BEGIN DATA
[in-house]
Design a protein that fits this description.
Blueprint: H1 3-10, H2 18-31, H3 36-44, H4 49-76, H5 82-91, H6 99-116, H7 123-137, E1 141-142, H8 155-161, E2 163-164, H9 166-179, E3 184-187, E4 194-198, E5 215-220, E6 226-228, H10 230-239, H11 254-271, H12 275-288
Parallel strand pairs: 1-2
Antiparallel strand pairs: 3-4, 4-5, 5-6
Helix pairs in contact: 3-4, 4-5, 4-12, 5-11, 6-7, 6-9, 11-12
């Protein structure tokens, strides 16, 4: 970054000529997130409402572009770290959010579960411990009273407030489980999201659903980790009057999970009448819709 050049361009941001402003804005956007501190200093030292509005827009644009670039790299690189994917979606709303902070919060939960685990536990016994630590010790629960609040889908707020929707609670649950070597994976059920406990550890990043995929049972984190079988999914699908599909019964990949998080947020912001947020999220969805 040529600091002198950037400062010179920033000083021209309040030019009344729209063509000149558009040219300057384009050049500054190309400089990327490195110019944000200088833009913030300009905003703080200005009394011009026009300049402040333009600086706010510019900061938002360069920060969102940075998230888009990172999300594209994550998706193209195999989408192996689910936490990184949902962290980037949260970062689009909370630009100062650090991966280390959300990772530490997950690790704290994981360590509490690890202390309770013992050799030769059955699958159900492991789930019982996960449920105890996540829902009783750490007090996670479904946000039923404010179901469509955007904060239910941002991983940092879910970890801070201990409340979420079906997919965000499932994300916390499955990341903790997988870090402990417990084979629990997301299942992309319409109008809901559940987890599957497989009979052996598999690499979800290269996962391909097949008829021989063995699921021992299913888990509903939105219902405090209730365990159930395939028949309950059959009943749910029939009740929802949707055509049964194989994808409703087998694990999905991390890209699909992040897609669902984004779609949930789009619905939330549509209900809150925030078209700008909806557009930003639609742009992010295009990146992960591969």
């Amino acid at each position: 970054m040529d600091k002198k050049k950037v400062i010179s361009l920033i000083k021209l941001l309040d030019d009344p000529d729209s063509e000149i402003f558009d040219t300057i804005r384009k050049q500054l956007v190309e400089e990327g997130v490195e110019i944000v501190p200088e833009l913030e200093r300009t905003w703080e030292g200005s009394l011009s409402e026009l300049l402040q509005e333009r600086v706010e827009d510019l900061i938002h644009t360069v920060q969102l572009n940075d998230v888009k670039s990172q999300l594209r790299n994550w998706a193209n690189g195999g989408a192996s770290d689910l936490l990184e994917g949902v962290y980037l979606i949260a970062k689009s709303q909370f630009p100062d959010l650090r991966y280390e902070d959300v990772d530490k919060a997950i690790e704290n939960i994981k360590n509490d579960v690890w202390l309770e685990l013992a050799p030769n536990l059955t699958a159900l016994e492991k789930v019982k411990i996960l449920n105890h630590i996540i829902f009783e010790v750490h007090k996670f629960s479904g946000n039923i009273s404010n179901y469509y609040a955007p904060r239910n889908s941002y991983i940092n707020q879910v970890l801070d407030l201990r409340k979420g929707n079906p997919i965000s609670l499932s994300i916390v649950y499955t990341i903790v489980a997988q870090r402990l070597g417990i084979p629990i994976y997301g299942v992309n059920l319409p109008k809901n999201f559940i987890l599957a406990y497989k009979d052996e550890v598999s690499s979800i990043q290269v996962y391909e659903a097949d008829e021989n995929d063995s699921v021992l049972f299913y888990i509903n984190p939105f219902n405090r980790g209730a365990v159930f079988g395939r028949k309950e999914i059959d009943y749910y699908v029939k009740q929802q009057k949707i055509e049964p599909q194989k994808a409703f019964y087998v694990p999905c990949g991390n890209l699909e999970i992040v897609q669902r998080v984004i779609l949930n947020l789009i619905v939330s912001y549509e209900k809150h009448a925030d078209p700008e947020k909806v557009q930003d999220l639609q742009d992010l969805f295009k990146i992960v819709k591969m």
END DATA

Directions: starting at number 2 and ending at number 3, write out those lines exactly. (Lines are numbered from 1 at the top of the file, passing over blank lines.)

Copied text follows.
Design a protein that fits this description.
Blueprint: H1 3-10, H2 18-31, H3 36-44, H4 49-76, H5 82-91, H6 99-116, H7 123-137, E1 141-142, H8 155-161, E2 163-164, H9 166-179, E3 184-187, E4 194-198, E5 215-220, E6 226-228, H10 230-239, H11 254-271, H12 275-288